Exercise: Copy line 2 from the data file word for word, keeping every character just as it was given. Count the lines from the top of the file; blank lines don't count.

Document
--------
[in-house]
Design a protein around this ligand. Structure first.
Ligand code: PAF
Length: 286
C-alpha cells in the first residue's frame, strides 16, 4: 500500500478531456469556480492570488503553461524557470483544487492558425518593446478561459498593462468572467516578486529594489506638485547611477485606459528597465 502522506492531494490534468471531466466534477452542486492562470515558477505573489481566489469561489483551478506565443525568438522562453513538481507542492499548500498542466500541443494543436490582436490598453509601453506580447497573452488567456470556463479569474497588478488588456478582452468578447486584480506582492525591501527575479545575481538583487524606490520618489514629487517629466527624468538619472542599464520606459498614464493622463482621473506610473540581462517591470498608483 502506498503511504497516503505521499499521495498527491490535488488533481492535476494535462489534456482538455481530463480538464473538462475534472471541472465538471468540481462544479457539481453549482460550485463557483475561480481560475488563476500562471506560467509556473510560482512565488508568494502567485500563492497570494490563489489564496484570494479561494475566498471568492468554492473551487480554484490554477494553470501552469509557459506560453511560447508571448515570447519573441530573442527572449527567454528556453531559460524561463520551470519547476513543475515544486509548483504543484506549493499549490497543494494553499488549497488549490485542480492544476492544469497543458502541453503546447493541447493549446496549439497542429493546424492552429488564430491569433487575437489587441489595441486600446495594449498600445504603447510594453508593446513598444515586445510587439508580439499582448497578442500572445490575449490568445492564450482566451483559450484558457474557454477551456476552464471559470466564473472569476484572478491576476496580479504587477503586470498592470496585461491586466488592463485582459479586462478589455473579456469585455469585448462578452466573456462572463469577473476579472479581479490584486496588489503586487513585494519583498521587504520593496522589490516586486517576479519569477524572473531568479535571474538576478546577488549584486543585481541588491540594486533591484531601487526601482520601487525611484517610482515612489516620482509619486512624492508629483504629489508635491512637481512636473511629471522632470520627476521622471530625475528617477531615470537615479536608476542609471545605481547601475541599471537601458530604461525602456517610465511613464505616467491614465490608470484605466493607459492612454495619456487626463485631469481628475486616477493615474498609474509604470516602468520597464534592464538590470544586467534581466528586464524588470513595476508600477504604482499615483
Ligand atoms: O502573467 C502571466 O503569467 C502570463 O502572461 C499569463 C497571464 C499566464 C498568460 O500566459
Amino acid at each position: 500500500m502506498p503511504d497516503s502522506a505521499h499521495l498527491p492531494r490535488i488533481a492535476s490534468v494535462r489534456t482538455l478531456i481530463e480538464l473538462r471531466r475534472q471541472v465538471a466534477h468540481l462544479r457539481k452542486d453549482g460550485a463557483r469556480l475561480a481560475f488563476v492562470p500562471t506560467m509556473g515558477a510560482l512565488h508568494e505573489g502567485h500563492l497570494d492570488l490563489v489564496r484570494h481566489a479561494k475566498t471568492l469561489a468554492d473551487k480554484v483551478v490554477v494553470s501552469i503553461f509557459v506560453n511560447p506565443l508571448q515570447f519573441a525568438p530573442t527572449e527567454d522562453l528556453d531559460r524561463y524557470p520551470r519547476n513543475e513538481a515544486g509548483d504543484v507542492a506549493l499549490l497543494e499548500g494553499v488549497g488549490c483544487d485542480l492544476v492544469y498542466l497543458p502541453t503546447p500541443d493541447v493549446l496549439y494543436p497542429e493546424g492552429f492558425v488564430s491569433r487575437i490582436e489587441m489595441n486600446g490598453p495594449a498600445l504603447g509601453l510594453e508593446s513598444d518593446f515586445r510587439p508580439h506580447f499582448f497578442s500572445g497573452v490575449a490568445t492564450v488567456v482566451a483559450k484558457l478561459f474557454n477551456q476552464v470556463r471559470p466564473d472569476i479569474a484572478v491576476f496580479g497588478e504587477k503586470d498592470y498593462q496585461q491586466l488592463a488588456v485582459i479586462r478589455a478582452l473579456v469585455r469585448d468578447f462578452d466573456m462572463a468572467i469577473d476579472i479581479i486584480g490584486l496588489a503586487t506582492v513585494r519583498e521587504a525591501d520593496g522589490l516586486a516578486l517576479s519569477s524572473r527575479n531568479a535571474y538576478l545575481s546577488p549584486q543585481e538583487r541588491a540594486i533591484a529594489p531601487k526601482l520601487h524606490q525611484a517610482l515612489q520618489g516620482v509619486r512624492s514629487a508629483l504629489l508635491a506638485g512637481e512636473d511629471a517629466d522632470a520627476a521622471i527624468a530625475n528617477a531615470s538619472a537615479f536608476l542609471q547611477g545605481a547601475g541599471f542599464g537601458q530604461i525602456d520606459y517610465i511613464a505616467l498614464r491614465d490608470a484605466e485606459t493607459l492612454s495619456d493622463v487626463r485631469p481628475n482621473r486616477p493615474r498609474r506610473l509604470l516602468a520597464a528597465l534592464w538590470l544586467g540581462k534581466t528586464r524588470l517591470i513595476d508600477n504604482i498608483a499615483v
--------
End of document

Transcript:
Design a protein around this ligand. Structure first.